Val Helldobler, you were selected for #TiffinTuesdays for the cool work with the Okotoks Dawgs Baseball Academy in Okotoks, Alberta, Canada. Could you share with us how you came to this position after graduating from Tiffin University?
– The year after I graduated from Tiffin I took a coaching job at Siena Heights University in Adrian, Michigan. After our season ended I was offered a summer job in Okotoks, Alberta to coach the Okotoks Dawgs collegiate team that plays up here in the Western Major Baseball league. Within the first month of coaching for the Dawgs I was offered a full time job with the Dawgs Academy by the owner (John Ircandia). It was ultimately a former teammate and Tiffin University graduate (Jordan Chiero) who help get me the job up in Okotoks. #TiffinNetworking
Could you tell us about your role with the Dawgs?
– I am the infield coordinator for the Dawgs Academy. I coach on the top team in the Academy at the 18U level (Midget Black). I run an ACT prep class for the players to try and help them become NCAA eligible. I also am heavily involved in the outsourcing process with trying to get our kids an opportunity to play baseball in college down in the U.S.
This past week you spent a good bit of time in Ohio, could you share the purpose of your trip?
– The purpose of this trip was to try and find the best competition, with getting the most exposure for our players that we could. We started the trip out by playing in the Buckeye Elite tournament in Columbus… which we won #dawgswin. This was a very big trip for us and was something that we had been planning since February.
What has it been like to be back at Tiffin University?
– It was a big deal for me. This was the first time I had been back since I graduated. I take a lot of pride in the time I spent in Tiffin. I take a lot of pride in playing for Coach Allen and for Coach Wilkins. I take a lot of pride in the degree I earned from Tiffin University. Tiffin University is a special place, and most certainly holds a special place in my heart.
What are the differences from being on campus as a coach compared to a student athlete?
– Looking back now as a student athlete I probably took the beauty of the campus for granted unfortunately. Coming back now as a coach one of the first things I noticed was how new the buildings looked, how clean all of the landscaping was. The people around TU put a serious effort into maintaining it, it is way more evident now seeing that then when I was playing at Tiffin. It makes me have even more pride for Tiffin, seeing it from this side.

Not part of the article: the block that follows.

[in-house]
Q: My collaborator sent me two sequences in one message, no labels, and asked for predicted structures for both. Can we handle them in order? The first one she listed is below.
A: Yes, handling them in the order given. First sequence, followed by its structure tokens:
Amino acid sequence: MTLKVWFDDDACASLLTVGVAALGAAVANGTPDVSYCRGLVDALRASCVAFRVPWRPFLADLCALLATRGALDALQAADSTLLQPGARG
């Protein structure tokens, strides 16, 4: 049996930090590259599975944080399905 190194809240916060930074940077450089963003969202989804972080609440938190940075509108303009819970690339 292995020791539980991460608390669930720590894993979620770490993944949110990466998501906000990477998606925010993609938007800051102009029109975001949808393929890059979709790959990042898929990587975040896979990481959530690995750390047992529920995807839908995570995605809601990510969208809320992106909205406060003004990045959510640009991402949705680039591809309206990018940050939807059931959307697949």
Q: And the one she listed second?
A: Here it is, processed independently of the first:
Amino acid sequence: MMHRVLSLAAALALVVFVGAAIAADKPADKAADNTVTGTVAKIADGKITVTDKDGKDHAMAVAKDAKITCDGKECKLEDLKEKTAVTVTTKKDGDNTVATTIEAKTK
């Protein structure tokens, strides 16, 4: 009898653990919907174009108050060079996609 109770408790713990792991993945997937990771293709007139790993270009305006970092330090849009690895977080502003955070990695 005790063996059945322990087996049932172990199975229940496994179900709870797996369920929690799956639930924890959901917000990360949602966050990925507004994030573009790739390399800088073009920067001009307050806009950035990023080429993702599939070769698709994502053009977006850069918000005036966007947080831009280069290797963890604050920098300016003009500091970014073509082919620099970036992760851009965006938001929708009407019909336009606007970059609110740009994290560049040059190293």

The organization that you coach for develops youth Baseball players, what percentage of your athletes will play baseball in college?
– Every single one of our graduating seniors has an option to play college baseball. This is something that the Dawgs coaching staff puts a lot of time and pride into. We want to give these kids the same opportunity that all of us had.
What differences are there in the baseball industry in Canada compared to the United States?
– I would say the biggest difference is the number of players. There are not nearly as many people in Canada, so obviously the baseball numbers would be down comparatively. Also there is not high school baseball in most places in Canada. So for most of these kids the biggest/best option would be to go to an Academy, just like what we have.
How did your academics at Tiffin University prepare you for your current work?
– It’s funny because I graduated with a managerial studies degree and do not work in the corporate business world, but I use my degree on a daily basis. I have a lot of administrative duties for the Dawgs. I am in charge of booking our facilities out for local youth baseball, I also run the camps for the Academy. I deal with a lot of people and managing schedules, etc. On the baseball side of things, being the infield coordinator, I have to “manage” the infielders. Making sure they are continuing to get better, making sure they have a routine, and making sure they are continuously learning. Also as a coach or manager all you are dealing with is with people. You have to manage attitudes, personalities, good days/bad days, etc.
How did your time on the baseball team prepare you for your current work?
– It prepared me in the best way possible. Playing for Coach Allen, he taught us how to do things the right way, how to go about our business in a professional manner. It prepared me to show up every day ready to work, with a passion. It showed me the meaning of a team environment. It taught me that everything isn’t always about me. Looking back now I learned way more from the life lessons that Coach Allen and the rest of the staff taught then I ever did from a ground ball or a hitting session. Tiffin University Baseball prepares the players not only for baseball, but what it takes to be a good man, a good father, a good brother. Good people make good players, good players make good teammates, and good teammates make great teams.
What is one piece of advice that you would give to student athletes at Tiffin University?
– I know its cliché, but don’t take your time for granted and make the most of your opportunities. Take pride in the work you put in, in the friends you meet, and in your coaches! It literally flies by and before you know it, its gone. I spent 5 years at Tiffin and there’s not a day that goes by that I wouldn’t love to go back. #TUPride